Another basic principle of democracy is economic freedom. It is widely accepted that economic freedom enhances the welfare measures and opportunities which are key ingredients of a democratic society. As mentioned in (Stroup, 2007), public policies are very much essential in determining the market policies which ultimately help in attaining economic freedom. Coles Supermarket is known to provide competitive and reasonable market rates which are highly affordable for the consumers. But the consumers do not possess any control over the market policies and determination of rates of the food items provided by the supermarket. But, Indiana Community was created on the very principle of member participation on the determination of economic policies of food production and distribution. Hence, the community follows another fundamental principle of democracy.

Food Democracy & Public Health

Public Health is a necessary aspect of the alternative food movement in many countries all over the world. Such food movements are gaining momentum to establish strong sustainable food systems for the collective good of the citizens. European Union has banned many food items and set regulations for the use of antibiotics, harmful drugs and genetically modified foods. As (Harkness, 2013) has mentioned, such bans and regulations are results of the consistent protest of many concerned stakeholders for years. It has also been observed that the corporate giants and supermarkets are not as concerned as the public community stakeholders regarding public health issues. This phenomenon is an important point for the emergence of food communities like Indiana Community in response to the supermarkets.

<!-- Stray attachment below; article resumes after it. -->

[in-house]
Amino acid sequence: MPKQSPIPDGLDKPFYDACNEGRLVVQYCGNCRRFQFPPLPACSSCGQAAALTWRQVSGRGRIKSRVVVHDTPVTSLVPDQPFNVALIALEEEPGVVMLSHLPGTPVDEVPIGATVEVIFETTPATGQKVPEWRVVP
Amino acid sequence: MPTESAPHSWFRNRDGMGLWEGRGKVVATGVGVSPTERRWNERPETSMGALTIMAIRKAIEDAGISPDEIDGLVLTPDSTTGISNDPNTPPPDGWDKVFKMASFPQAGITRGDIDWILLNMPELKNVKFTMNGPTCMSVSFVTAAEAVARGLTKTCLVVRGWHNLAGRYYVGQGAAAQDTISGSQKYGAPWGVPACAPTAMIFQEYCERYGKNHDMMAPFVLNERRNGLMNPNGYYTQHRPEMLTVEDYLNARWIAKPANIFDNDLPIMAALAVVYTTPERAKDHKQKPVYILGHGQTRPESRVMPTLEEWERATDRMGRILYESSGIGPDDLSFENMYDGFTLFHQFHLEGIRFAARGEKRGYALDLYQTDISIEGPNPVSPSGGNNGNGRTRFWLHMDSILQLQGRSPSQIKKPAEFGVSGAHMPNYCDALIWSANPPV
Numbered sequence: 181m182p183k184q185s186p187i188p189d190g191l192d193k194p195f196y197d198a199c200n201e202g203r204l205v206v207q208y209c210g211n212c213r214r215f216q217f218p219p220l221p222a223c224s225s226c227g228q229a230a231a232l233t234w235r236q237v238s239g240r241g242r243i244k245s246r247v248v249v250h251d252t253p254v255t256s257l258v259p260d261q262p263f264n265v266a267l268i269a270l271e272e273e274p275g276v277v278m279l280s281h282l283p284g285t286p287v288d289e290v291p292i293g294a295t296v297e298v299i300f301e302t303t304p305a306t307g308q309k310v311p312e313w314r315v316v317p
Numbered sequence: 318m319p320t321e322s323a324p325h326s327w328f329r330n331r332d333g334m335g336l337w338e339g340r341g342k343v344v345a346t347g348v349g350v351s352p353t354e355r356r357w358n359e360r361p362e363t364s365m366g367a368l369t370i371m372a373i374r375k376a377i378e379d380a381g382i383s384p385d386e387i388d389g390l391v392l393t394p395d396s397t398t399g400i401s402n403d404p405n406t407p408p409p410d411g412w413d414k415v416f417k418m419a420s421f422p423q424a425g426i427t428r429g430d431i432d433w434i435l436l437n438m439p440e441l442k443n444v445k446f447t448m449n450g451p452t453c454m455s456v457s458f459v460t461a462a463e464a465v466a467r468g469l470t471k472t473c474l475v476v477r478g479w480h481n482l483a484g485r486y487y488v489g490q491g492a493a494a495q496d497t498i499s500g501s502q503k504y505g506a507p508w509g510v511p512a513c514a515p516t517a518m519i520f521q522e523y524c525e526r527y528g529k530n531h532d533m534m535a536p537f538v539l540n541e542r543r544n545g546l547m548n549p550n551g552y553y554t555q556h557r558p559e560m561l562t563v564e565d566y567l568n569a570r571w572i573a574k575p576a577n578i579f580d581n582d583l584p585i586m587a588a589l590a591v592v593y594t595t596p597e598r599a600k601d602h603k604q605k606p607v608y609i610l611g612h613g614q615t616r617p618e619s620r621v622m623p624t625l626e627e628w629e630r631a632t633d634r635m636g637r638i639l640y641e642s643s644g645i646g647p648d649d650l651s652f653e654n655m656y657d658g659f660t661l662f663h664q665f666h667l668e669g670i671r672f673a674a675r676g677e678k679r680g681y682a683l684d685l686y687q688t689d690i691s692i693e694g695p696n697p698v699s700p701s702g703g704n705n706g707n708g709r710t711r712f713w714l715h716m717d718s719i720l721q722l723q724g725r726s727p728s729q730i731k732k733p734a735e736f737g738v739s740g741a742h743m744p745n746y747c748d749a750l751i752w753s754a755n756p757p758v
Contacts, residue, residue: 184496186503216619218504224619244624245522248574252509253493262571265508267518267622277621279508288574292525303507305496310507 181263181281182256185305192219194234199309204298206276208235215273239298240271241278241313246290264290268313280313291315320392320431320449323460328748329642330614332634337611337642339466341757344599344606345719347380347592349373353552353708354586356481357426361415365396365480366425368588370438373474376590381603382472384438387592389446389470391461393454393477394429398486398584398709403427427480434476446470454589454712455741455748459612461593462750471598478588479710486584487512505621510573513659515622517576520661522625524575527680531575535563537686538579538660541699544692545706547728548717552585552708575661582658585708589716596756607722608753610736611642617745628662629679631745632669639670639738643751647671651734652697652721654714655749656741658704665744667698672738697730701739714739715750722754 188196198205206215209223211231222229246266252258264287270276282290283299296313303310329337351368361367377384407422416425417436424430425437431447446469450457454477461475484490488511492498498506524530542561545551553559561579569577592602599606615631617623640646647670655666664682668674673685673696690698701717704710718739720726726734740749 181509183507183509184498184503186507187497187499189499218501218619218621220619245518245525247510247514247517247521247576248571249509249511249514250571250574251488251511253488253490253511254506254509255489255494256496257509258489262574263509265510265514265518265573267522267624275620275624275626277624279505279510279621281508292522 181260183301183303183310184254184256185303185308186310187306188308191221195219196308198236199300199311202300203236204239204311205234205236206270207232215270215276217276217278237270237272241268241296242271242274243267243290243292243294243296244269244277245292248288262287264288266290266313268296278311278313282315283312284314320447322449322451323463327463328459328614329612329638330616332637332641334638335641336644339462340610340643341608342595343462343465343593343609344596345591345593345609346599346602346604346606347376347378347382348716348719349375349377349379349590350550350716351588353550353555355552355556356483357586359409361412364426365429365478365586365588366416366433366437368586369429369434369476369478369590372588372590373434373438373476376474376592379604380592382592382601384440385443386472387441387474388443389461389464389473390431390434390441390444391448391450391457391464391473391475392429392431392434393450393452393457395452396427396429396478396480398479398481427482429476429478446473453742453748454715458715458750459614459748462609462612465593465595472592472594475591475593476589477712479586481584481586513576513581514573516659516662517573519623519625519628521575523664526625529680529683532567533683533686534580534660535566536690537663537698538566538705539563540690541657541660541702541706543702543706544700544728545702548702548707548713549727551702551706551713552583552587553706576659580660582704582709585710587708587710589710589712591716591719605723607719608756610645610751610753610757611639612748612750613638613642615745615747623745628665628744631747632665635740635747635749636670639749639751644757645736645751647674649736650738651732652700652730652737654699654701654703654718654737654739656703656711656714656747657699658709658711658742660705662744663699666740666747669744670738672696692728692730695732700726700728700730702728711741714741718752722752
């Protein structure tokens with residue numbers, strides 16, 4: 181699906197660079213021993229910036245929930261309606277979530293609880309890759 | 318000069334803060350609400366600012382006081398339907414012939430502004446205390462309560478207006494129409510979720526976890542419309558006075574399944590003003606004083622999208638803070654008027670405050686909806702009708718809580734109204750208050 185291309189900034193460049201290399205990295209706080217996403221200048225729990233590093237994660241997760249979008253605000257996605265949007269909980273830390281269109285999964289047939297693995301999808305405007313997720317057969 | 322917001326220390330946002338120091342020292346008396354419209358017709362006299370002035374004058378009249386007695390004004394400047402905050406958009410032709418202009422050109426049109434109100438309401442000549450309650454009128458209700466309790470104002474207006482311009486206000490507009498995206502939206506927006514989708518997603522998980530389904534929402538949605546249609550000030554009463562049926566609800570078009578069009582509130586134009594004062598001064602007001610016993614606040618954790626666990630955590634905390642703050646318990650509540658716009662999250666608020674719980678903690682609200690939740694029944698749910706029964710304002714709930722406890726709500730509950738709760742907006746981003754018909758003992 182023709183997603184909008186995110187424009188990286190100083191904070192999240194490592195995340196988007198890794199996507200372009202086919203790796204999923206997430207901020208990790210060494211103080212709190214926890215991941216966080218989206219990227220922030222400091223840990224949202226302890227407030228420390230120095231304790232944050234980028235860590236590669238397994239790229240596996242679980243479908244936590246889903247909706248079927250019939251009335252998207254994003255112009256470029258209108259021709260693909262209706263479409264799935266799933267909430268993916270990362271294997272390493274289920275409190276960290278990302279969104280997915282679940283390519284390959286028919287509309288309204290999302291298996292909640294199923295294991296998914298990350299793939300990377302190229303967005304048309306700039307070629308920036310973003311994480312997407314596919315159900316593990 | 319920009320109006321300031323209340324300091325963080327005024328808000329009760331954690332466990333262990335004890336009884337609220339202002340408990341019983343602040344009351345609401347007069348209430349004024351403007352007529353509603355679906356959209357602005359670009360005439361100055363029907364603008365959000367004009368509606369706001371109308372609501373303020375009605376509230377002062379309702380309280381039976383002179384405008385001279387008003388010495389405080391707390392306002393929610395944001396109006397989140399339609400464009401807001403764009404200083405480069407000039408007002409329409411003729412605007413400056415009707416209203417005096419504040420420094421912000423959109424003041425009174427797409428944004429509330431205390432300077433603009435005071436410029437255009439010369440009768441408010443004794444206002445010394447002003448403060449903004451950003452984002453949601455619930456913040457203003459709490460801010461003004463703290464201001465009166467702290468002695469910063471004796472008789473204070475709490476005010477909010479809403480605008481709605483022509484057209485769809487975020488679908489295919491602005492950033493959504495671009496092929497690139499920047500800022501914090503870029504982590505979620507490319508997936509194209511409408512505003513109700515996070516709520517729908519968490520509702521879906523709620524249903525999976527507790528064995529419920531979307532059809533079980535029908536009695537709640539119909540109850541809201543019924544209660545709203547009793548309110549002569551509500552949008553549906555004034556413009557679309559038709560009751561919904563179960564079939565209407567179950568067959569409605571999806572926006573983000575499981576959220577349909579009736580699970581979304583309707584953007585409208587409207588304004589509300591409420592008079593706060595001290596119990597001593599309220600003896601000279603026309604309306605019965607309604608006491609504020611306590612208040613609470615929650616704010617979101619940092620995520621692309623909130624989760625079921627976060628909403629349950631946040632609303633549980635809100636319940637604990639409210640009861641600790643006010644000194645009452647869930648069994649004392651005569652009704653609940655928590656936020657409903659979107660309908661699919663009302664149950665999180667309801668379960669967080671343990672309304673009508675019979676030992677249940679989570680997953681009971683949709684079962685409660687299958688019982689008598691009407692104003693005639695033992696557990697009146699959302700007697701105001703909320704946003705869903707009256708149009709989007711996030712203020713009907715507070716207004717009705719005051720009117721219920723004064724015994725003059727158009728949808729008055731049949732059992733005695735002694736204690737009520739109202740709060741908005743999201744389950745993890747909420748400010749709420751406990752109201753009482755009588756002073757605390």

As mentioned in the concept of “Civic Agriculture” in the chapter 5.1 of (Booth, Coveney, & al, 2015), the social processes in the community levels are very important issues as compared to the profit oriented corporate approaches. Moreover, discussions and debates are also important factors associated with the democratic traditions found in a food community. Such deliberations facilitate the addressing of public health issues of the food supply chain. Lack of citizen participation gives the process a top to bottom approach in contrast to democratic principles. The concept of food localization is assumed to reduce the drawbacks of food corporations & globalized markets. As food is directly associated with the health of the individuals in a community, the community members should have the right to contribute & give suggestions for the cumulative process of food supply chain. This particular phenomenon is observed in an ideal food democracy such as Indiana Community.